Child protection experts say voluntourism contributes to the separation of families by giving legitimacy to institutions which should not exist in the first place. If orphanages did not recieve support from volunteers and donors, they say, orphanages would not exist and children would be cared for by their communities or extended family – where they are better off.
“Children shouldn’t be in an orphanage in the first place,” said Boudrie. “Most of these children are not orphans – they are just poor. So how about we all put our efforts into community-based family support programs instead of orphanages. That is usually a much shorter period of intervention, cheaper and far more effective.”
Currently, evidence that orphanage tourism is taking off in Myanmar is only anecdotal. But UNICEF says it wants to raise awareness of the issue to prevent it from escalating as it has in neighbouring countries.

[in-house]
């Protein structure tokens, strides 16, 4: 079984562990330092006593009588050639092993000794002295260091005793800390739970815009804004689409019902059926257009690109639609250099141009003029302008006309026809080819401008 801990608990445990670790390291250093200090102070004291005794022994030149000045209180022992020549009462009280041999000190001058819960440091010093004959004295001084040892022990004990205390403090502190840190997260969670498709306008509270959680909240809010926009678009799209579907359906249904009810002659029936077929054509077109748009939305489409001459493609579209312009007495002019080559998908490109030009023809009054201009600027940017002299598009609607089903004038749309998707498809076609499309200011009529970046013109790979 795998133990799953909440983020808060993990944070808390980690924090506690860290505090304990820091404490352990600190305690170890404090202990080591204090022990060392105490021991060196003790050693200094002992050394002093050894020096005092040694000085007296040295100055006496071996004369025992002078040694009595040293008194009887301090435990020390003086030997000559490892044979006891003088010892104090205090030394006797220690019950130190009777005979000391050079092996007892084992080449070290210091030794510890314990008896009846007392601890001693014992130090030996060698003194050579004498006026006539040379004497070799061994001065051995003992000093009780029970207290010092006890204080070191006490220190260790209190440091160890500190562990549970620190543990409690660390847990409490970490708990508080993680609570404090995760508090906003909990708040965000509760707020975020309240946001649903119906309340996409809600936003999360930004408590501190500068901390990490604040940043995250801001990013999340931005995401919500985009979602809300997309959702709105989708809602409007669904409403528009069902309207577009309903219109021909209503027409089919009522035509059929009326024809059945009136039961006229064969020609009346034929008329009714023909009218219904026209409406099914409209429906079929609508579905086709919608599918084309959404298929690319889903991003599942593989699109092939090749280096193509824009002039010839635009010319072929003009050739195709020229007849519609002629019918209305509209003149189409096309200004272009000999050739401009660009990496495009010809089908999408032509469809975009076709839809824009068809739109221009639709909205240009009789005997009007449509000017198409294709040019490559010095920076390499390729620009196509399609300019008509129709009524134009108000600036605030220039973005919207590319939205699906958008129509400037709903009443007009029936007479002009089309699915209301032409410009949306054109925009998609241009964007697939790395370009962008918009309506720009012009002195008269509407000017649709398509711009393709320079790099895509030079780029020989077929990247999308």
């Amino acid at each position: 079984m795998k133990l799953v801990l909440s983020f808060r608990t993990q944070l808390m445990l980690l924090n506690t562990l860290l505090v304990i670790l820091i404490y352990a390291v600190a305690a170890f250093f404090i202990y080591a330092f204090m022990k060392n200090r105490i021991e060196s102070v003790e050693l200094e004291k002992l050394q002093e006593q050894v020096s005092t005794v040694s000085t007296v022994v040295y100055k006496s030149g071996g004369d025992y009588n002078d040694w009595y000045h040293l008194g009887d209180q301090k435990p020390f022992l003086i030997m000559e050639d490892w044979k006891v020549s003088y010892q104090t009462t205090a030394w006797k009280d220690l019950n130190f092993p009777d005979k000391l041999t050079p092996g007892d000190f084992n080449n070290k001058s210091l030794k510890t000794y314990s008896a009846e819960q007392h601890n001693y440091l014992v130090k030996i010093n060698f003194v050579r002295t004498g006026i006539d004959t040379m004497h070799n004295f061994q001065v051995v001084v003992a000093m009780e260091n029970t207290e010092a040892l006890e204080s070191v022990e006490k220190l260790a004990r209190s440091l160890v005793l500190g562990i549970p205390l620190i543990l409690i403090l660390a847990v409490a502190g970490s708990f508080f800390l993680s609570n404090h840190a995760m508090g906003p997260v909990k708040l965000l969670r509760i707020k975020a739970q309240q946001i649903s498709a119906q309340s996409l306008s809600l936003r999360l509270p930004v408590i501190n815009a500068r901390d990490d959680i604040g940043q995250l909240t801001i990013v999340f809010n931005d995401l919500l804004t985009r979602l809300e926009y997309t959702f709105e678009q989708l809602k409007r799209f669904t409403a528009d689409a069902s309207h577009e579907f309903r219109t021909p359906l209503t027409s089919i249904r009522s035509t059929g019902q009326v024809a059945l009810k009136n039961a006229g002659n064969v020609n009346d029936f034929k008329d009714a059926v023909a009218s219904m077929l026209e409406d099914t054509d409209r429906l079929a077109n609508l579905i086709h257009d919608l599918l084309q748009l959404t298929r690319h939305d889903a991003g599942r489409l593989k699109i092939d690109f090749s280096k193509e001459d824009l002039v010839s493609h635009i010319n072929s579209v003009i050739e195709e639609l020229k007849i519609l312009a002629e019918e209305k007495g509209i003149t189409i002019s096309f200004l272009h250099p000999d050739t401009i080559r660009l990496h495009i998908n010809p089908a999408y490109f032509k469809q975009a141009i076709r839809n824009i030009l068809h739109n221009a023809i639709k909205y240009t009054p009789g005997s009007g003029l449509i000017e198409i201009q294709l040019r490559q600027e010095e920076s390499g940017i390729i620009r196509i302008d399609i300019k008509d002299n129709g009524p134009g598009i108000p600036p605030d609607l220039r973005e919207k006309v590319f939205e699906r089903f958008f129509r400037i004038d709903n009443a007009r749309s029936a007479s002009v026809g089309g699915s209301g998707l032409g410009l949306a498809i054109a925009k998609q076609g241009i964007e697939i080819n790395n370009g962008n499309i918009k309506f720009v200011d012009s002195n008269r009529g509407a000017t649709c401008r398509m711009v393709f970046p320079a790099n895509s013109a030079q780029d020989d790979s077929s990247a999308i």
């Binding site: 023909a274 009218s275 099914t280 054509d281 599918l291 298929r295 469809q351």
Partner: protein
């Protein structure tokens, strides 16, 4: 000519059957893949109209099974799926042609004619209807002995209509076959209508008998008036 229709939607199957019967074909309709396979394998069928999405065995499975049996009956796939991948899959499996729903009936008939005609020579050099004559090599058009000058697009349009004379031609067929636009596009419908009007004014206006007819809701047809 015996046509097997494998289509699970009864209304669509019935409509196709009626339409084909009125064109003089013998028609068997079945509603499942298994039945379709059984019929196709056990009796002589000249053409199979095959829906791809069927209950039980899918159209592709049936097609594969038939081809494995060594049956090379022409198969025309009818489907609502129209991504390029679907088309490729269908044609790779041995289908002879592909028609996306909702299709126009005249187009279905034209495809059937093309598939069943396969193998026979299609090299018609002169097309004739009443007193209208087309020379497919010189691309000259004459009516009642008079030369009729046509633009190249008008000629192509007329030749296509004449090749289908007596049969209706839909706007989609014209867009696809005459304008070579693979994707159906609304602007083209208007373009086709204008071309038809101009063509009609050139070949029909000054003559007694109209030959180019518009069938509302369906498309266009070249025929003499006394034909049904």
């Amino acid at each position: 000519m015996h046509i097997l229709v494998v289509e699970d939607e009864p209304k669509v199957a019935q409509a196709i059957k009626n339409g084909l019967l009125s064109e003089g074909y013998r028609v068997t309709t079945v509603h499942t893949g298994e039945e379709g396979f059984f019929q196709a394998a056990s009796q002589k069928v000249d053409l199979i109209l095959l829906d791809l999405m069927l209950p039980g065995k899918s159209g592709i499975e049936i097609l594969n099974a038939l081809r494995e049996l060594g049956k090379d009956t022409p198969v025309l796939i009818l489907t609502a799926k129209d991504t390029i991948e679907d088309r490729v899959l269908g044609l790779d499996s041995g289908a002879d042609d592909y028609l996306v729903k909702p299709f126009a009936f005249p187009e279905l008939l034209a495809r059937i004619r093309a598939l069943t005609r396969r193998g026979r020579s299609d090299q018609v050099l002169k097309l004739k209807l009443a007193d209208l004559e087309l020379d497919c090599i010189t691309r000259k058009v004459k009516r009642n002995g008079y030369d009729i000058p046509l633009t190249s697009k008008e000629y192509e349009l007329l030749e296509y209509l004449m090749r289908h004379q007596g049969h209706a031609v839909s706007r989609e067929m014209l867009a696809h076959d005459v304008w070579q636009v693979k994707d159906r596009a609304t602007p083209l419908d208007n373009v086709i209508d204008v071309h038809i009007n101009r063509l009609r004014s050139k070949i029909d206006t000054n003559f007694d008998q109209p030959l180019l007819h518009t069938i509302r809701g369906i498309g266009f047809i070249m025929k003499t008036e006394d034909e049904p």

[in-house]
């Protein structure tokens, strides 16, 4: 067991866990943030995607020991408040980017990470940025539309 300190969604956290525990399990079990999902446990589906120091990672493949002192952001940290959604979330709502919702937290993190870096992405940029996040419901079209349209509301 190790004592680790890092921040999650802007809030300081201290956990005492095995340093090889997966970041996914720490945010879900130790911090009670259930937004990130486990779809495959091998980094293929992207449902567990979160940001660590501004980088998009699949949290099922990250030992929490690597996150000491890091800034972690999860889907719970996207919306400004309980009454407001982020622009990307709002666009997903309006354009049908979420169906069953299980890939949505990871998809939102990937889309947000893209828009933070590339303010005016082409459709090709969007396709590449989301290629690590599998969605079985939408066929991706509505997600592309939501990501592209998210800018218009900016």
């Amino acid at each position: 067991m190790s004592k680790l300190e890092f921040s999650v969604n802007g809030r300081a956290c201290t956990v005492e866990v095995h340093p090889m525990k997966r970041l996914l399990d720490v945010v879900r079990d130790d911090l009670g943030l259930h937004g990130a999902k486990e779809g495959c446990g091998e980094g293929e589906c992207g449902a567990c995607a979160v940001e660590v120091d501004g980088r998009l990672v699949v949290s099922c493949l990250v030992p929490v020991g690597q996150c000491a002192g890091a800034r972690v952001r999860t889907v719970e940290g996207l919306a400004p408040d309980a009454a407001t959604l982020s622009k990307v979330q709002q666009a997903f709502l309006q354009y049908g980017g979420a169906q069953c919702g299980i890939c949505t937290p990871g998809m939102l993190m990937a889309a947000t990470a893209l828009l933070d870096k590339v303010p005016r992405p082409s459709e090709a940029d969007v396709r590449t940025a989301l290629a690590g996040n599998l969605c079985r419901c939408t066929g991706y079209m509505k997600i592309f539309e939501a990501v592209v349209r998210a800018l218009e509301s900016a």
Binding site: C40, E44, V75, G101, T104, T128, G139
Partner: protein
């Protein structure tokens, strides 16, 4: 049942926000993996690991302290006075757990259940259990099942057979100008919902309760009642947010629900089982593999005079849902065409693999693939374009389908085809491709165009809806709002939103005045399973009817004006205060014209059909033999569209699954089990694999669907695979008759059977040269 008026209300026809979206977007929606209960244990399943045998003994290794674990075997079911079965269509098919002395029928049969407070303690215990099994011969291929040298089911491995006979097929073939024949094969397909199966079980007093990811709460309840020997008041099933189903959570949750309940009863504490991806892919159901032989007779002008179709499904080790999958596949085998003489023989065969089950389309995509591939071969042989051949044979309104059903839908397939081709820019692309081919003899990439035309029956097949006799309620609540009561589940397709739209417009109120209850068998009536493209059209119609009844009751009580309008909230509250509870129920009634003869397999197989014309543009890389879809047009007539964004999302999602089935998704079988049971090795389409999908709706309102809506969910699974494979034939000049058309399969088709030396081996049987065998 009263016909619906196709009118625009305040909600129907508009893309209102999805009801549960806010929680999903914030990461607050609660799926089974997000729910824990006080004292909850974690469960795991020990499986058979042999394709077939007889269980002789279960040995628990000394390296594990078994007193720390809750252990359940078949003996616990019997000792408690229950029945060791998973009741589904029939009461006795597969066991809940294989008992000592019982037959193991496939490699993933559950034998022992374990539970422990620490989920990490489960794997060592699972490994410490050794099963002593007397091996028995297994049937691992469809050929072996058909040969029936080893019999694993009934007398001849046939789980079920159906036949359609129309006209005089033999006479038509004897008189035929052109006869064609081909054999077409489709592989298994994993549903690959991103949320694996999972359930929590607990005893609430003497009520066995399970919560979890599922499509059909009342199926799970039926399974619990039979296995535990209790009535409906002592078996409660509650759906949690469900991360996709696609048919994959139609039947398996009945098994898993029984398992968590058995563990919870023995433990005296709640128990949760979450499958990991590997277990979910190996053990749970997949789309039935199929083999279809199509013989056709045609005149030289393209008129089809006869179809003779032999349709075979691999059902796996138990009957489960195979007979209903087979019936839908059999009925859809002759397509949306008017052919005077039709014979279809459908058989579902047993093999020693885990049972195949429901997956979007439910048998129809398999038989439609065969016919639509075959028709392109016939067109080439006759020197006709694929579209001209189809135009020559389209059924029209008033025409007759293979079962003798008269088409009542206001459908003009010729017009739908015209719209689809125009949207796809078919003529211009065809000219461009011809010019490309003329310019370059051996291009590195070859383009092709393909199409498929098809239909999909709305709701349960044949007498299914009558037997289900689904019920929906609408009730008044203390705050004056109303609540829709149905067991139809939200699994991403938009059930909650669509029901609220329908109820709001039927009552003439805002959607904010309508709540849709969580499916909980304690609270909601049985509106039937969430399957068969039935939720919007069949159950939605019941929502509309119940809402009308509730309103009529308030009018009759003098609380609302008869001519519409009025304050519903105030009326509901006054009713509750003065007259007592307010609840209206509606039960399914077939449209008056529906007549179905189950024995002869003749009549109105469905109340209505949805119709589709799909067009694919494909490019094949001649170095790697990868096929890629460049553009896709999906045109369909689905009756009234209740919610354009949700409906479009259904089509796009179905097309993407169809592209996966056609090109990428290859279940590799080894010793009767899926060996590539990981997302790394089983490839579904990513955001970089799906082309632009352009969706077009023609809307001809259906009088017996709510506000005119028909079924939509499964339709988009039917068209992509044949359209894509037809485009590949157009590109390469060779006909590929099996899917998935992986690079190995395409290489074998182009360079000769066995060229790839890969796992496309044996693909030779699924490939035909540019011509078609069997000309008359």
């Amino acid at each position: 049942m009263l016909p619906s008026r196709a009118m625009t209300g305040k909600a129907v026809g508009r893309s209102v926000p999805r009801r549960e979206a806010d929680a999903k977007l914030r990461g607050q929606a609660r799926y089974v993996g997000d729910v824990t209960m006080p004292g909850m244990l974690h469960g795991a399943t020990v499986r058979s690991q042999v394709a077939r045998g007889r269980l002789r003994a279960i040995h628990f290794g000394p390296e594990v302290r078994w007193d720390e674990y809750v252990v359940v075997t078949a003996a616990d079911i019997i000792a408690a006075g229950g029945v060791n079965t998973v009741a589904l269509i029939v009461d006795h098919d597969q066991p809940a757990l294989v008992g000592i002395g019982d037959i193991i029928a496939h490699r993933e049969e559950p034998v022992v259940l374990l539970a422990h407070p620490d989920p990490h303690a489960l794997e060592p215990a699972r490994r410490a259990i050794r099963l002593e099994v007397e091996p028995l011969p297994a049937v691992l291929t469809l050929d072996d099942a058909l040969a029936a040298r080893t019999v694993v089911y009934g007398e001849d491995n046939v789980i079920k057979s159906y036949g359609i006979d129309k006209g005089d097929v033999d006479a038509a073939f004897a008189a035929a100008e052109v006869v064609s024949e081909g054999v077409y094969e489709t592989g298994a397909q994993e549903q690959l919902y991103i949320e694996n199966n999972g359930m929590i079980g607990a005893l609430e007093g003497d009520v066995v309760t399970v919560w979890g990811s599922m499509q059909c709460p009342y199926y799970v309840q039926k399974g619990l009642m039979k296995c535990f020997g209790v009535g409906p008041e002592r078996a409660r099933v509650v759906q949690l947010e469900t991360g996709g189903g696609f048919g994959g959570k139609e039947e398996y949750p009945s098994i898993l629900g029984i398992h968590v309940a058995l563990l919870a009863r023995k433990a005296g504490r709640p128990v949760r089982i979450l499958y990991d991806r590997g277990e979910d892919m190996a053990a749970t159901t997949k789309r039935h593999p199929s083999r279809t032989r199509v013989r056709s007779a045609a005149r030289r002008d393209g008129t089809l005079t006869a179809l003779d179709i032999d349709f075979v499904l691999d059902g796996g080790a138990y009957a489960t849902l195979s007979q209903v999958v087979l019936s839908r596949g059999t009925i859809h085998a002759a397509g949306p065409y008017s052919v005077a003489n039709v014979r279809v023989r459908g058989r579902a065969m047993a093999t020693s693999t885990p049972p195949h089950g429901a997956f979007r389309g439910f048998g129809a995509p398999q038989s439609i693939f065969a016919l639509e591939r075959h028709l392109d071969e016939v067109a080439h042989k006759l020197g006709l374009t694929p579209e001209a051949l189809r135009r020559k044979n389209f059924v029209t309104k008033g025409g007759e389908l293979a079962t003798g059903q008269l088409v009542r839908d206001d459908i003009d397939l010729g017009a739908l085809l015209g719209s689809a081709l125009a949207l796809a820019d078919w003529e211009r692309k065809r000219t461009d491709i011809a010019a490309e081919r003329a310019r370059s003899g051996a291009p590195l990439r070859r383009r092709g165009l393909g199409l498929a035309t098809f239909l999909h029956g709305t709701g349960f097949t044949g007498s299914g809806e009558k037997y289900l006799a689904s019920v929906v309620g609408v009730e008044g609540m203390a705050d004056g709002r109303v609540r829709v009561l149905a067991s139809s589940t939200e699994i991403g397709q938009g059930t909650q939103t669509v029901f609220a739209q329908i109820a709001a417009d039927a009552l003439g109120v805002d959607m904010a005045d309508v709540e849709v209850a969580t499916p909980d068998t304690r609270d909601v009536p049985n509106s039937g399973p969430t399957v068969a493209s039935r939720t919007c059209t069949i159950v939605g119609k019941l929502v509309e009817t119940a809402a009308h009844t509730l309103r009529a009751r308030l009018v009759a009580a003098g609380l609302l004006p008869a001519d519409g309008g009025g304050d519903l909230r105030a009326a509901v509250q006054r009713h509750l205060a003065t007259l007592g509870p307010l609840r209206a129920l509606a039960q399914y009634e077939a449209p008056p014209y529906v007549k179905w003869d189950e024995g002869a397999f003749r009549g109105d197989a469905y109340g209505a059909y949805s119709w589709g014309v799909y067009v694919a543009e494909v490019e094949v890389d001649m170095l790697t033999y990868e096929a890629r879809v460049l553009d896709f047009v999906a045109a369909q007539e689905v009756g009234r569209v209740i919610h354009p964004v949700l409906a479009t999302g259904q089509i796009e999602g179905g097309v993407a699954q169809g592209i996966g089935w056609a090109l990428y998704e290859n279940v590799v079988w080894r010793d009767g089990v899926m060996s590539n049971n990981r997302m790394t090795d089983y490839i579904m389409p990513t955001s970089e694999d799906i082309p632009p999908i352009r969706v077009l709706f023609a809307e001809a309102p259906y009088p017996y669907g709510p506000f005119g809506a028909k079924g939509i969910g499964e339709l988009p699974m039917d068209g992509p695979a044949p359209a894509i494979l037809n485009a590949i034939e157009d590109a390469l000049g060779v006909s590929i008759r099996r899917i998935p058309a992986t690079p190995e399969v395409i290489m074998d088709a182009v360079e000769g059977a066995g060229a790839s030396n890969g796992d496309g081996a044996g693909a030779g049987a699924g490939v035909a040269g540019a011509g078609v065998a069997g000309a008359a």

In May 2014, UNICEF and the Myanmar Department of Social Welfare held a National Forum on the Prevention of Family Separation in Myanmar. The forum brought together 150 participants from civil society, embassies, government, the private sector and medical professionals to raise awareness that many children are being unnecessarily separated from their families and that growing up in residential care puts children at increased risk of exploitation and abuse.
UNICEF is also engaging with the travel and tourism industry in Myanmar to raise awareness of the impact of orphanage tourism, including delivering a series of awareness-raising workshops for tour guides and travel operators.
“Tour guides are the guys on the ground with the tourists so it’s important they have an understanding of this topic. If they get a request to take a tourist to an orphanage they can try to encourage them to think twice about it,” said Gray.
“Children are not tourist attractions … As long as the government and tourism industry are helping to ensure tourists get that message, we’re already a step ahead of other countries 10 years ago.”